HELLO! Welcome to EatFresh.

HELLO! Welcome to EatFresh. Recently, I started to think what actually sparks joy in my life. As I think of it, there’s only one answer to it and that’s FOOD! Food has the power to cheer me up when I’m feeling down and it is more than just survival. With it we make friends, court lovers, and count our blessings. In these challenging times, our team will continue to publish more fun and delicious recipes which you can easily make at the comfort of your home. To celebrate Parent’s Day, we have launched our first social media contest and the winner will get a chance to win a hearty dinner for 5 persons in Rovi Ottolenghi. Check out the contest page to find out more!

Recipes

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Recipes

Events

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Events


What is our goal?

The aim of EatFresh Low Carbon Meals is to create a wider awareness of the carbon impact of producing and serving food, and to subsequently encourage our customers to choose more carbon friendly meals. The ‘carbon foot print’ of meals served within all areas of catering can vary considerably and at present there is no way of recognising this. The cafeteria presents the best opportunity to encourage the college community to consciously act by deciding to choose the lowest carbon footprint meal. In addition, the scheme will help catering departments identify particularly carbon-hungry foods and production procedures, and seek to reduce them.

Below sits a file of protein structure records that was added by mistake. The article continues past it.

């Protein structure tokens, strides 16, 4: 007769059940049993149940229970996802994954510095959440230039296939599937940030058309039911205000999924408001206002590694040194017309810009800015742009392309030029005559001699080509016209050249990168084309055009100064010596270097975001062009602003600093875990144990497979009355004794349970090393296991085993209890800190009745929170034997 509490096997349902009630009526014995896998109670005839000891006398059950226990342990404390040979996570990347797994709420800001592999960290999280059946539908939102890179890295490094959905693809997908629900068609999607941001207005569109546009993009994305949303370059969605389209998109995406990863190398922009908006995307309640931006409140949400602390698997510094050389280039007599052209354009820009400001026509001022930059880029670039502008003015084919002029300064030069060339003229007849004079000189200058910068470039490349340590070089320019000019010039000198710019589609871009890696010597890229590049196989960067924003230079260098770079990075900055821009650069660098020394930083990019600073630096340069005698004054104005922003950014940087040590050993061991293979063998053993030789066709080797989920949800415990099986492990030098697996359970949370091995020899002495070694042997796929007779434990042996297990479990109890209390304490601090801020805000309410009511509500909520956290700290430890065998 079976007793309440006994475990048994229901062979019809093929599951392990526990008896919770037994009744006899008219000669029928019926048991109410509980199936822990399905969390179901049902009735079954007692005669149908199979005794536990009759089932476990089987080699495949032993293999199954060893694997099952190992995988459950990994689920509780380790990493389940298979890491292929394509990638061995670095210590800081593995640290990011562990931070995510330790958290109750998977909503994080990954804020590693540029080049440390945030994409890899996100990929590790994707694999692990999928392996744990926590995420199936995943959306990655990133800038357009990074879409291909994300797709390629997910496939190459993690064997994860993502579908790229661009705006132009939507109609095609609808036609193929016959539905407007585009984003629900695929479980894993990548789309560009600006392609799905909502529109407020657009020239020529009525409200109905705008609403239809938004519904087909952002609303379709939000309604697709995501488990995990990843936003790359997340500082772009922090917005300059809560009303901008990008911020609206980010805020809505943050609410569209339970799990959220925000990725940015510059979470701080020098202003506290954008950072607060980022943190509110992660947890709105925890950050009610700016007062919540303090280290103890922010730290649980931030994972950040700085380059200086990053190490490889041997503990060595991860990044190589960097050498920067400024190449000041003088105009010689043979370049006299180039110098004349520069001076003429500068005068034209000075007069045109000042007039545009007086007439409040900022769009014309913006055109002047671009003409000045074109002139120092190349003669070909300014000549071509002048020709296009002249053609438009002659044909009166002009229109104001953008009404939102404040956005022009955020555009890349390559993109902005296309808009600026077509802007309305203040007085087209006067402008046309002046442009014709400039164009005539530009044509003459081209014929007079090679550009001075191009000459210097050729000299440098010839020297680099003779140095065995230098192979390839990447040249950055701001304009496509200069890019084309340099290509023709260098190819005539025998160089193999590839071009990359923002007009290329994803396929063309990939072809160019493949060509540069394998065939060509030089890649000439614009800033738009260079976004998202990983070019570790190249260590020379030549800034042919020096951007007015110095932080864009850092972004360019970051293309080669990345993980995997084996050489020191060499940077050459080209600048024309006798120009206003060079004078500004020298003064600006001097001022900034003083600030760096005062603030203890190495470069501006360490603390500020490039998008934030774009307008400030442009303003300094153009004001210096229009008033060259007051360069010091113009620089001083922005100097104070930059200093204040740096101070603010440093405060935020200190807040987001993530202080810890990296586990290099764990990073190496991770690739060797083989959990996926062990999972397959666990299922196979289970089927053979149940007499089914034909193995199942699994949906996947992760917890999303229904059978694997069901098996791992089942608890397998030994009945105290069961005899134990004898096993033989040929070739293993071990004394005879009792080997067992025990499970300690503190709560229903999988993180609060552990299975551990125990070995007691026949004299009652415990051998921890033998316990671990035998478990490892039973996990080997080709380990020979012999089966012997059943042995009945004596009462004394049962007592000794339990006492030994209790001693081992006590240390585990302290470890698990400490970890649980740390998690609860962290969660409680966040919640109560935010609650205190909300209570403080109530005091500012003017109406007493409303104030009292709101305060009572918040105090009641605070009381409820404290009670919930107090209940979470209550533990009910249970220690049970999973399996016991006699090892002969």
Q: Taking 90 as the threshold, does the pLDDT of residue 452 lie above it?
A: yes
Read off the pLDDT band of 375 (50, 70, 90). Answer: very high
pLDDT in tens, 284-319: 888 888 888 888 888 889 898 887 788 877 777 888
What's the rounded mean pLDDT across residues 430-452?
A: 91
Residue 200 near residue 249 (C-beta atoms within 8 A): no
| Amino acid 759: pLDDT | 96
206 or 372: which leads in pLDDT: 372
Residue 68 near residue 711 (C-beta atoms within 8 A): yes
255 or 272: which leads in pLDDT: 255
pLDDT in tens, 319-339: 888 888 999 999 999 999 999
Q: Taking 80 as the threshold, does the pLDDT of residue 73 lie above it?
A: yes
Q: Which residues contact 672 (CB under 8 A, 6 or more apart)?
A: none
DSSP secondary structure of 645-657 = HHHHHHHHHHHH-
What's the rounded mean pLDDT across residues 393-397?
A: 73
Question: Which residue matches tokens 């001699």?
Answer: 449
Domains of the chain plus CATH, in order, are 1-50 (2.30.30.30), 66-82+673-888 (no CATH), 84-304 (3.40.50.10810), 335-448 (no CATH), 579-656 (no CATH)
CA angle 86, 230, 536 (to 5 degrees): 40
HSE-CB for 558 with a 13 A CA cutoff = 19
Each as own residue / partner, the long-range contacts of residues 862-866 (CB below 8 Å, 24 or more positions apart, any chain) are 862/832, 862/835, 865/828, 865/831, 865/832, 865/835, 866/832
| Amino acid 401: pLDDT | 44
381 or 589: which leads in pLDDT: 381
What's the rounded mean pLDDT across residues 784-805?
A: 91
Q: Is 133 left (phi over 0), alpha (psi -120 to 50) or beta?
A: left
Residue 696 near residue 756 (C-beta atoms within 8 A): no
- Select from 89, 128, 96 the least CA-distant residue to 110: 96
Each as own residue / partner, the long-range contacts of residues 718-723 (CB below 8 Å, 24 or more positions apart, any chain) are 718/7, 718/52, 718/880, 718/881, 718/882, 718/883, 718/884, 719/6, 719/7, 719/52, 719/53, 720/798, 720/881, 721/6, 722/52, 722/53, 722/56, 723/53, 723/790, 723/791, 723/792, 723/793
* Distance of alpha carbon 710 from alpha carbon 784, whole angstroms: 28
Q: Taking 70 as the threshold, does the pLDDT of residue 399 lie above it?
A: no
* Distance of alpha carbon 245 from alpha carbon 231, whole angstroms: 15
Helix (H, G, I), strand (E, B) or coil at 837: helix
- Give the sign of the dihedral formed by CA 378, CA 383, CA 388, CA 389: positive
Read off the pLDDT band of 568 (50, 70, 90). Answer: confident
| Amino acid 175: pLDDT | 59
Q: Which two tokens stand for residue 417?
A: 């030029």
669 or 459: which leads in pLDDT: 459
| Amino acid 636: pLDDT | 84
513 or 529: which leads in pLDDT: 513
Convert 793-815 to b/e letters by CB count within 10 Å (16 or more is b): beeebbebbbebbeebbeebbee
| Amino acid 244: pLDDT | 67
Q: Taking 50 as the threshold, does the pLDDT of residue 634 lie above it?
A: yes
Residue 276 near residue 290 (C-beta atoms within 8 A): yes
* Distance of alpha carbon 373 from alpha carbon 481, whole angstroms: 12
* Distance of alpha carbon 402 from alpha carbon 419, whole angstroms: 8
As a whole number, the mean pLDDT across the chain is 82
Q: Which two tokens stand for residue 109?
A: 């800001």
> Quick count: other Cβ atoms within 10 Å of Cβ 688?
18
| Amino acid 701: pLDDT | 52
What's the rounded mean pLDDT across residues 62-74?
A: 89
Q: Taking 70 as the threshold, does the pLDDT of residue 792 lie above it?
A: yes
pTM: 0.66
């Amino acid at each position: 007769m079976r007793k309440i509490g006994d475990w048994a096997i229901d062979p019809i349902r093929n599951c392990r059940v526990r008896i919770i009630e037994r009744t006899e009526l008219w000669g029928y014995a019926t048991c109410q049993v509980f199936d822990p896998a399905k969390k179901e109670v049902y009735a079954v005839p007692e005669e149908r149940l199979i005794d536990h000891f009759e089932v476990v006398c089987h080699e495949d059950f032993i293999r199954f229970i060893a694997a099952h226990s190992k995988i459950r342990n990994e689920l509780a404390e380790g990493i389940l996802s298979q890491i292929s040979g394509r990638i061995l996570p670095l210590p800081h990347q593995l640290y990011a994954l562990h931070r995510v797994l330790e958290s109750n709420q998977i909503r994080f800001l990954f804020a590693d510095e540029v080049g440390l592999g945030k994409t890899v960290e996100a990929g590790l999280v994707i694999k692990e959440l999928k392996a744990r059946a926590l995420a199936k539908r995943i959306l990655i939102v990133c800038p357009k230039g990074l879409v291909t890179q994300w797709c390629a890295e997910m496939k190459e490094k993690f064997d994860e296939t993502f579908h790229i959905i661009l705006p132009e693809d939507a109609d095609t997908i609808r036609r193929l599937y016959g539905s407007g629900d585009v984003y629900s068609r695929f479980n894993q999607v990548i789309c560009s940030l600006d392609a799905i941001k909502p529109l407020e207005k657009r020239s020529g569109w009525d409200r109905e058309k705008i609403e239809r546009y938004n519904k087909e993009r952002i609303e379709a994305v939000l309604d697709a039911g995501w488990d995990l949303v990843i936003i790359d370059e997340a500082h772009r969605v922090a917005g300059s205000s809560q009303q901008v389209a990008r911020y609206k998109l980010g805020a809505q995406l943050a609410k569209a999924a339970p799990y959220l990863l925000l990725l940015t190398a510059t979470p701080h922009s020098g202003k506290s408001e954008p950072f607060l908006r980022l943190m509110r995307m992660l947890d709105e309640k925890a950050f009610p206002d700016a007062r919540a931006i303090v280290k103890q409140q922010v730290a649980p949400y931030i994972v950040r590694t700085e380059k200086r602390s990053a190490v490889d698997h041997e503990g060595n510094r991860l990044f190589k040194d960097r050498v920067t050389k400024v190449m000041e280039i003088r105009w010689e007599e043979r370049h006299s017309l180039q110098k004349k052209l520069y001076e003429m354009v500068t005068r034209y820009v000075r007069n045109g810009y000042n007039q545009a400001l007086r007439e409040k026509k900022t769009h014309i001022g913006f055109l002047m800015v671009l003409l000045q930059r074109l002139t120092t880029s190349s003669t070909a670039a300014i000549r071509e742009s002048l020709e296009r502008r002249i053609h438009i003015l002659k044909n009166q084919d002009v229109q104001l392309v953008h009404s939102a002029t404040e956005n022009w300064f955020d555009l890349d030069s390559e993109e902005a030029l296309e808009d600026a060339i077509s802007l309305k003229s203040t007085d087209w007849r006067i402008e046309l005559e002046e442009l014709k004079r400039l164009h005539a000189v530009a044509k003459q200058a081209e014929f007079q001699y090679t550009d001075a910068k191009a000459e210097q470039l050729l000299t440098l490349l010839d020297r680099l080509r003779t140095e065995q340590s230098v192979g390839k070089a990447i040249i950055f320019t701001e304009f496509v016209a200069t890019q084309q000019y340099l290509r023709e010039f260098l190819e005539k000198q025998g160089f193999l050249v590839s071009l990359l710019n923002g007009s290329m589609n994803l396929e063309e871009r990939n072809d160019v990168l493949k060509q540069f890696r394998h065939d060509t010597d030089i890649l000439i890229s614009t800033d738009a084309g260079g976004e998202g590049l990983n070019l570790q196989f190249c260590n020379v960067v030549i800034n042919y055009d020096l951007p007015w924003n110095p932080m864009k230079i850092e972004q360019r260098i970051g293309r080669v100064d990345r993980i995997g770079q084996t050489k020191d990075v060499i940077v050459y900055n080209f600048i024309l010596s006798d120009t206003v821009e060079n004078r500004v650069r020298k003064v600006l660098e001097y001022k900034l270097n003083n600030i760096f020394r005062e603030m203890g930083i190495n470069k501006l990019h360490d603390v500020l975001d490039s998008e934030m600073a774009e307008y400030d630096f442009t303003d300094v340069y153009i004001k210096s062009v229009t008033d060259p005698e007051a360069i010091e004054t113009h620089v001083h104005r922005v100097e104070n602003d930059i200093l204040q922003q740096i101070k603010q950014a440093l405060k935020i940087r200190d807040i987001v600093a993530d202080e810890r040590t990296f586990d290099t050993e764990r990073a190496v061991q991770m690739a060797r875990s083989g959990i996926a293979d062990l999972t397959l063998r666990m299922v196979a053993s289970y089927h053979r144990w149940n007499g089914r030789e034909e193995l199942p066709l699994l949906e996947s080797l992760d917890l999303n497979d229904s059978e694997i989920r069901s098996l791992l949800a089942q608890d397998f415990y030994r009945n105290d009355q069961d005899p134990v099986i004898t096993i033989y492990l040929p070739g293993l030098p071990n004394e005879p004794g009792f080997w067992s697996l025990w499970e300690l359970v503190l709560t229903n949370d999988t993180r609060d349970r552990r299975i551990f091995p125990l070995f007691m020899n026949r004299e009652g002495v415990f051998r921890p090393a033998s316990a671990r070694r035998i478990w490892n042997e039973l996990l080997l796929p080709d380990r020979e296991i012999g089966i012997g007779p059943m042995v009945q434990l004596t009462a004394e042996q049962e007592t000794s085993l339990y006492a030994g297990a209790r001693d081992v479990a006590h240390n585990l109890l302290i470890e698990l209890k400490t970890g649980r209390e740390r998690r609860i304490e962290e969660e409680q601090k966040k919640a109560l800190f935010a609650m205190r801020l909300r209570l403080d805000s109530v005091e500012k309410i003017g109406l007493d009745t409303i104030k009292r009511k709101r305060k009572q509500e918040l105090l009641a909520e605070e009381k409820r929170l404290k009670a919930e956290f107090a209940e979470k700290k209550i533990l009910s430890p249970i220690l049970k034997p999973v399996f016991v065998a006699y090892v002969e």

What is a low carbon meal?

A low carbon meal is a meal where conscious effort has been made to reduce its carbon emissions by choosing ingredients which have lower greenhouse gas emissions from farming/feeding, processing, transport and storage. The foods with the lowest carbon footprints are local seasonal vegetables, cereals and fruit. Grains and pulses are also low carbon foods. Food flown from across the world, or grown in heated greenhouses produces considerably more carbon emissions. Animal products are generally higher in emissions, and the worst of all these are beef, lamb and hard cheese. In addition, frozen meals produce high emissions due to the power used to maintain food at such low temperatures.